Operative vaginal delivery in case of persistent occiput posterior position after manual rotation failure: a 6-month follow-up on pelvic floor function
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To compare the short- and long-term perineal consequences (at 6 months postpartum) and short-term neonatal consequences of instrumental rotation (IR) to those induced by assisted delivery (AD) in the occiput posterior (OP) position, in case of manual rotation failure.
A prospective observational cohort study; tertiary referral hospital including all women presenting with persistent OP position who delivered vaginally after manual rotation failure with attempted IR or AD in OP position from September 2015 to October 2016. Maternal and neonatal outcomes of all attempted IR deliveries were compared with OP operative vaginal deliveries. Main outcomes measured were pelvic floor function at 6 months postpartum including Wexner score for anal incontinence and ICIQ-FLUTS for urinary symptoms. Perineal morbidity comprised severe perineal tears, corresponding to third and fourth degree lacerations. Fetal morbidity parameters comprised low neonatal Apgar scores, acidaemia, major and minor fetal injuries and neonatal intensive care unit admissions.
Among 5265 women, 495 presented with persistent OP positions (9.4%) and 111 delivered after manual rotation failure followed by AD delivery: 58 in the IR group and 53 in the AD in OP group. The incidence of anal sphincter injuries was significantly reduced after IR attempt (1.7% vs. 24.5%; p < 0.001) without increasing neonatal morbidity. At 6 months postpartum, AD in OP position was associated with higher rate of anal incontinence (30% vs. 5.5%, p = 0.001) and with more urinary symptoms, dyspareunia and perineal pain.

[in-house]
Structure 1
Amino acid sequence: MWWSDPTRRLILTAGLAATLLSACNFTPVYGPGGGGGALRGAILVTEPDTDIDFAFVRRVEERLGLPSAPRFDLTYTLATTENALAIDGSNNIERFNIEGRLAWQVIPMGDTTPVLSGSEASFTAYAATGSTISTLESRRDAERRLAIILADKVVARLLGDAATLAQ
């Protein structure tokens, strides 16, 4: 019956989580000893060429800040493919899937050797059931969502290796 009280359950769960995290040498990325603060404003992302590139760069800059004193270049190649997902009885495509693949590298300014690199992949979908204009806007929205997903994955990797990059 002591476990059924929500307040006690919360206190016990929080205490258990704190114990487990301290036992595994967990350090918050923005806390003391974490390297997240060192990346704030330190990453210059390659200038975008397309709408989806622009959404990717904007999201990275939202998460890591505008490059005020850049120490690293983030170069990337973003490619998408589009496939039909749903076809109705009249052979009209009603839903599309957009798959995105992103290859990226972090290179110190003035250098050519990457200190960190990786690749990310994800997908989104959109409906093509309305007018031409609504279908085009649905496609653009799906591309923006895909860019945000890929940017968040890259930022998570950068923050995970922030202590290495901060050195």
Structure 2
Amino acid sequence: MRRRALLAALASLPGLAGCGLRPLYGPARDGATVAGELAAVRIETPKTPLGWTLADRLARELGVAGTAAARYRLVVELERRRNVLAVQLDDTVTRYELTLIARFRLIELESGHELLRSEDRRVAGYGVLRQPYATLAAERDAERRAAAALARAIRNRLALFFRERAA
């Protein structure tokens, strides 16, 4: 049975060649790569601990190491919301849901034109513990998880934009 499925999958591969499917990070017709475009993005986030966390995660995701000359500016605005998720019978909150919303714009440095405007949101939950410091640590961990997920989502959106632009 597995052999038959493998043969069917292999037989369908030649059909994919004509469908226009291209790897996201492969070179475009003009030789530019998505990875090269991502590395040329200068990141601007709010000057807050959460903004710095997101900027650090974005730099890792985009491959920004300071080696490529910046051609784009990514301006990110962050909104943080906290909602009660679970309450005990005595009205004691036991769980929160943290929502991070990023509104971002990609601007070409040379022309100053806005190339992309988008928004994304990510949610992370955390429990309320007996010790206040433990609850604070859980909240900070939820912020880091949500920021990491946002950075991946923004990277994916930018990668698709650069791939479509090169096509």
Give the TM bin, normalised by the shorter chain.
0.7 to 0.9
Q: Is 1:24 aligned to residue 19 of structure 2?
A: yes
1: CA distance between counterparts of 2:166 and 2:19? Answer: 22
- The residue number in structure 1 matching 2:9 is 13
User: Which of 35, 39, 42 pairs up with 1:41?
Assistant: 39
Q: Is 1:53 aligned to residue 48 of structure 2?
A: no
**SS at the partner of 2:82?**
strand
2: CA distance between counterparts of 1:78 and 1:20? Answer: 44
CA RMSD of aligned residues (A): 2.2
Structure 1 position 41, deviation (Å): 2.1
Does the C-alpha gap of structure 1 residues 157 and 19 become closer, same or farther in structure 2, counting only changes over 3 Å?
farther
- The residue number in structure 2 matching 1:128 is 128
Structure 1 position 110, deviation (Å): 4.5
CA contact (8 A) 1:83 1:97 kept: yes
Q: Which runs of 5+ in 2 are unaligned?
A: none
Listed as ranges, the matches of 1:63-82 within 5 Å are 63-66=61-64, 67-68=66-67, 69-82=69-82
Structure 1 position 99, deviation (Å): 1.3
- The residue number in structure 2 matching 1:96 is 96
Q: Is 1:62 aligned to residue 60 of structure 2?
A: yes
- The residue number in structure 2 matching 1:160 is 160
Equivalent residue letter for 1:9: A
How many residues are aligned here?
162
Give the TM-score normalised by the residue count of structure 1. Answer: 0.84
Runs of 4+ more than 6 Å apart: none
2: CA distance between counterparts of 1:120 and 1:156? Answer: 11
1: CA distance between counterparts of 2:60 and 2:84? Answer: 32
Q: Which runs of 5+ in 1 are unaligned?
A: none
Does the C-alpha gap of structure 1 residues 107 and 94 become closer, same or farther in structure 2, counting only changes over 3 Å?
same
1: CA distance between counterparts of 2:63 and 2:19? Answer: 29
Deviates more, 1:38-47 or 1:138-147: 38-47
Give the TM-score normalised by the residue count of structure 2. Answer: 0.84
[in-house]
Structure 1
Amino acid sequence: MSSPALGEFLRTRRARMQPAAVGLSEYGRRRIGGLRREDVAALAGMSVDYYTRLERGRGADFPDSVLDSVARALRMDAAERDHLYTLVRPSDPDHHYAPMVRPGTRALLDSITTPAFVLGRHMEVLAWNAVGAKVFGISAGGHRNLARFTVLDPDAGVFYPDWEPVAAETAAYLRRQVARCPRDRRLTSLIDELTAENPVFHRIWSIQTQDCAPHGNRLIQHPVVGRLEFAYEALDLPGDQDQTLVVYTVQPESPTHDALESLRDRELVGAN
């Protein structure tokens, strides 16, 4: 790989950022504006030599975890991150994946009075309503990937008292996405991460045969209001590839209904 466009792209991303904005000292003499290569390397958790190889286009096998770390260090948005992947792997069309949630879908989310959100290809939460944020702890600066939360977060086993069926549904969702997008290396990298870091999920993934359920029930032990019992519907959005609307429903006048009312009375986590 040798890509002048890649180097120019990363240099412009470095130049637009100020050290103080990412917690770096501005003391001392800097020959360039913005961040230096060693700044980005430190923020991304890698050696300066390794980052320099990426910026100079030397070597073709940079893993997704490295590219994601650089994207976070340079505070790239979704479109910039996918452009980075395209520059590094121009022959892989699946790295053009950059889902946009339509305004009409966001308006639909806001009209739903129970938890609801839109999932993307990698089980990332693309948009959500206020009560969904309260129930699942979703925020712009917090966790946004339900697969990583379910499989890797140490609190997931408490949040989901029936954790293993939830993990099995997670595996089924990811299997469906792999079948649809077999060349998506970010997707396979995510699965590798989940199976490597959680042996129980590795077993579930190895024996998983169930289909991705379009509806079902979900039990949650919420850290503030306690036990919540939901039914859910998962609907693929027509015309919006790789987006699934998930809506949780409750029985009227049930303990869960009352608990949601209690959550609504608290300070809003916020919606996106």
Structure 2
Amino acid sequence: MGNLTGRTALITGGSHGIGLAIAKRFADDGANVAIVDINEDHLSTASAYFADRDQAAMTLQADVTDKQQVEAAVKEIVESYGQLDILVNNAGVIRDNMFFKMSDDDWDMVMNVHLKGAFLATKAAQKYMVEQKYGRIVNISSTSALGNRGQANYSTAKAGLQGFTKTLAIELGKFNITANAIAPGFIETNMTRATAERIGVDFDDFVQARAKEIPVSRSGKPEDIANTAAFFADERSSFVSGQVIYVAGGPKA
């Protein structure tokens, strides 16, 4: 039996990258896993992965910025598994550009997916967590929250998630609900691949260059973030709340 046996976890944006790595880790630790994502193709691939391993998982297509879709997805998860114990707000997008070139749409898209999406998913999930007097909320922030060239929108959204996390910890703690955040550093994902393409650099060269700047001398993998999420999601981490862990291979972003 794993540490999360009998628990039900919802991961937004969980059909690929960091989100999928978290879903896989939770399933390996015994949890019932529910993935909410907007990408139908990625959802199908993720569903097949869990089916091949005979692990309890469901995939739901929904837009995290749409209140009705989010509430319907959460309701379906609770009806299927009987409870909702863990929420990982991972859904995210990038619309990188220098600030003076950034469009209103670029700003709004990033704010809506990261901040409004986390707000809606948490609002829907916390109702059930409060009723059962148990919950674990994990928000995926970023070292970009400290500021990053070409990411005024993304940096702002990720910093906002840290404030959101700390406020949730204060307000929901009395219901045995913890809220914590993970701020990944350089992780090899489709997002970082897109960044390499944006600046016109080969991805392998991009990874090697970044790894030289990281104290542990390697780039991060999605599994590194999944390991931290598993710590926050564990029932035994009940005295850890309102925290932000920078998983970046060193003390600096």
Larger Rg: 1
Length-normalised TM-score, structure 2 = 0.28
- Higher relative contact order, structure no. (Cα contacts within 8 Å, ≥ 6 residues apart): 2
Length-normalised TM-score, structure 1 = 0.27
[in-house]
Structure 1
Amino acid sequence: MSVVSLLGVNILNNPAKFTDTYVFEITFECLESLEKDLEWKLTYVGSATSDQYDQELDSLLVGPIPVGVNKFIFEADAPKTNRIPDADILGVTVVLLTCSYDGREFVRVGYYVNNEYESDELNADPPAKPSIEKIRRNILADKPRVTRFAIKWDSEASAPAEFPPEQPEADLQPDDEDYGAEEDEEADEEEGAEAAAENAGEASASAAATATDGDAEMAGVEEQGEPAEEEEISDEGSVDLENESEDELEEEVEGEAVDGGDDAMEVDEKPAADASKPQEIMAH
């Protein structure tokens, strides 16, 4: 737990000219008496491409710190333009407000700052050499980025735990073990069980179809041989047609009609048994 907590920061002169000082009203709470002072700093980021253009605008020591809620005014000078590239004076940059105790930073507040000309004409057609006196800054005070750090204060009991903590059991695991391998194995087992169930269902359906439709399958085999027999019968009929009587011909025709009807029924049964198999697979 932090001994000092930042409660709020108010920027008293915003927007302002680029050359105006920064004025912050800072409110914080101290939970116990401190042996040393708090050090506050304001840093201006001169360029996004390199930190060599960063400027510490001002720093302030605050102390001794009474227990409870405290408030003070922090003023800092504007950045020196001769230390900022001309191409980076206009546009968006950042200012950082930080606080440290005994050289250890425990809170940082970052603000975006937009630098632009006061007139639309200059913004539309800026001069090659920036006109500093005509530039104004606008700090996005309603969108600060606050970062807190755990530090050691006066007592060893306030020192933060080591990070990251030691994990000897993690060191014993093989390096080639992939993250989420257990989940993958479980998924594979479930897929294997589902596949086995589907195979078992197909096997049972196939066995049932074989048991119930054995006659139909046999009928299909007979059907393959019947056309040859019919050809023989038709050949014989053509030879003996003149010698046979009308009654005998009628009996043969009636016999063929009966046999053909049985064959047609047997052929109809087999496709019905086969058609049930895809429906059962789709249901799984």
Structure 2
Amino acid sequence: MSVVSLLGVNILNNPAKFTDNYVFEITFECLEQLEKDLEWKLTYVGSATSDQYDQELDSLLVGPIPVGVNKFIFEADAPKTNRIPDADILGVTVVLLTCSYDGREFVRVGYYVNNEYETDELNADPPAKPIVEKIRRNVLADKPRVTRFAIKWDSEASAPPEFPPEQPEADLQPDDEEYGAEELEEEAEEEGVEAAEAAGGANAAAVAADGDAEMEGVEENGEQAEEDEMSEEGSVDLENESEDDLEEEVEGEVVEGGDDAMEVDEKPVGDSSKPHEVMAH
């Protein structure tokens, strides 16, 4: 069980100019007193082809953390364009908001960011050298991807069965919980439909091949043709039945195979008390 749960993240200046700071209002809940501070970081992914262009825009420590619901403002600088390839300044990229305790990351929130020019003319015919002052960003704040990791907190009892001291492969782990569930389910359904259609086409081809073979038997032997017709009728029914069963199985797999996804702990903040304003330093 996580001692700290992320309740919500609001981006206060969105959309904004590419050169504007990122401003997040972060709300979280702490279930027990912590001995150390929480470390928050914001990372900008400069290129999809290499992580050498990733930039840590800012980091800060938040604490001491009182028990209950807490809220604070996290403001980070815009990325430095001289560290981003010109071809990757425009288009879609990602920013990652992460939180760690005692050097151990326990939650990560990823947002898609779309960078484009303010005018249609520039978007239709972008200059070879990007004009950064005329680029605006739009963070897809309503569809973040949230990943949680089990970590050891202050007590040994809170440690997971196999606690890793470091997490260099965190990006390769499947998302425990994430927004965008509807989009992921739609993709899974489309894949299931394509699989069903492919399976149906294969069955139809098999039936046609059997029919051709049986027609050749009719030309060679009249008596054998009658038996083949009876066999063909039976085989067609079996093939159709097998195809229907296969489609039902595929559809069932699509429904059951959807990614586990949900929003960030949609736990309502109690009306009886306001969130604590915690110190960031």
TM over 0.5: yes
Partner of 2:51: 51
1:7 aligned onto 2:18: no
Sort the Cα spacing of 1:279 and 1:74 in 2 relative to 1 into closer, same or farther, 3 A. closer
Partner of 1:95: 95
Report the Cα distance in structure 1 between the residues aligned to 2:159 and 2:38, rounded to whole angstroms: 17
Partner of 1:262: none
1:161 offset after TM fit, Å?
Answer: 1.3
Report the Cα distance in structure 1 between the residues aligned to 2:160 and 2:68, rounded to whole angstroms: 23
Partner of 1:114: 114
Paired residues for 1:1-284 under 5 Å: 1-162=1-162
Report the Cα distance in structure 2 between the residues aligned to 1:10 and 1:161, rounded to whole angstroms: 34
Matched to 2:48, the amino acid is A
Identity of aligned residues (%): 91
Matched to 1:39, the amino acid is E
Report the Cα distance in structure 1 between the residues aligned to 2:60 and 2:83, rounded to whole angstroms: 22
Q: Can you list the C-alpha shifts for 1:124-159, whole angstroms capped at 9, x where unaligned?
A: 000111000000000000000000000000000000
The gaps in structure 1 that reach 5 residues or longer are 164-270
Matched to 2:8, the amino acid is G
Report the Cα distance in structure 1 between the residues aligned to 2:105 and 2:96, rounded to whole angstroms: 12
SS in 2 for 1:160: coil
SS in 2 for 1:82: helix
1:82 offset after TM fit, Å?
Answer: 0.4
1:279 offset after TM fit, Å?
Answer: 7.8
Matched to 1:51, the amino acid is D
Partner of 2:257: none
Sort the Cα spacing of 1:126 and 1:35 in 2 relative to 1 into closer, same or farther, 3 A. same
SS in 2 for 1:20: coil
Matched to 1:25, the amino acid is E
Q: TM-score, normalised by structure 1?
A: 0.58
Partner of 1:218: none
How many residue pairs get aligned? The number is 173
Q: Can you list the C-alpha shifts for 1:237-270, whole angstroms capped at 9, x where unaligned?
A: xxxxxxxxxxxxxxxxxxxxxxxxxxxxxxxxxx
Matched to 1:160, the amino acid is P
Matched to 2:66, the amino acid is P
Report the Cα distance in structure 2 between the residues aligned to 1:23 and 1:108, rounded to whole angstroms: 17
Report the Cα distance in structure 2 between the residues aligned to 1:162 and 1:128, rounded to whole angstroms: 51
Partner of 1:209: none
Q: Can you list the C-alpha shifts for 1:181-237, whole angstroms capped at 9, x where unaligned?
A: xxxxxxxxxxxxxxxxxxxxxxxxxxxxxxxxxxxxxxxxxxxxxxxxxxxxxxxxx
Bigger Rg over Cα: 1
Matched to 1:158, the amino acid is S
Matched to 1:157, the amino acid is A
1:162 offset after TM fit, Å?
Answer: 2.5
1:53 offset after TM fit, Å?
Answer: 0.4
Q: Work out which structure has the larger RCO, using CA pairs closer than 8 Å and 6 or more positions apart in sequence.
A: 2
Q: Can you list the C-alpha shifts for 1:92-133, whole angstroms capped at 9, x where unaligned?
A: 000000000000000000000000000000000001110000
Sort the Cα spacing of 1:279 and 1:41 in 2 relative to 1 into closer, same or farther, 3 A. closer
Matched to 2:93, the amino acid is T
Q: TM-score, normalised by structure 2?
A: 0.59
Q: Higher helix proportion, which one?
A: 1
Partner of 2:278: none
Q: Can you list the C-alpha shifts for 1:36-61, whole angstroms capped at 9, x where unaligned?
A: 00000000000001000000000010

OP operative deliveries are associated with significant perineal morbidity and pelvic floor dysfunction at 6 months postpartum.
KeywordsOcciput posterior position Rotational vaginal birth Severe perineal tears Manual rotation Pelvic floor function Anal incontinence
We are very grateful to the women in the study and obstetric department staff who recorded and entered the data.
FV and PG had the idea for the original cohort study and, with OP, CV, carried out the design of the study. PG collected the data, PG, FV and EC analysed/interpreted the data and produced the first draft. PG, FV and CV carried out statistical analysis. All authors read, revised and approved the submitted version of the manuscript.
No funding was received.
Compliance with ethical standards
Conflict of interest
Nothing to declare.
All procedures performed in our study were in accordance with the ethical standards of the institutional and/or national research committee and with the 1964 Helsinki declaration and its later amendments or comparable ethical standards.
Informed consent was obtained from all individual participants included in the study. This study rceived a favourable opinion from the Ethics and Research comittee of CHU Toulouse (CER2015).
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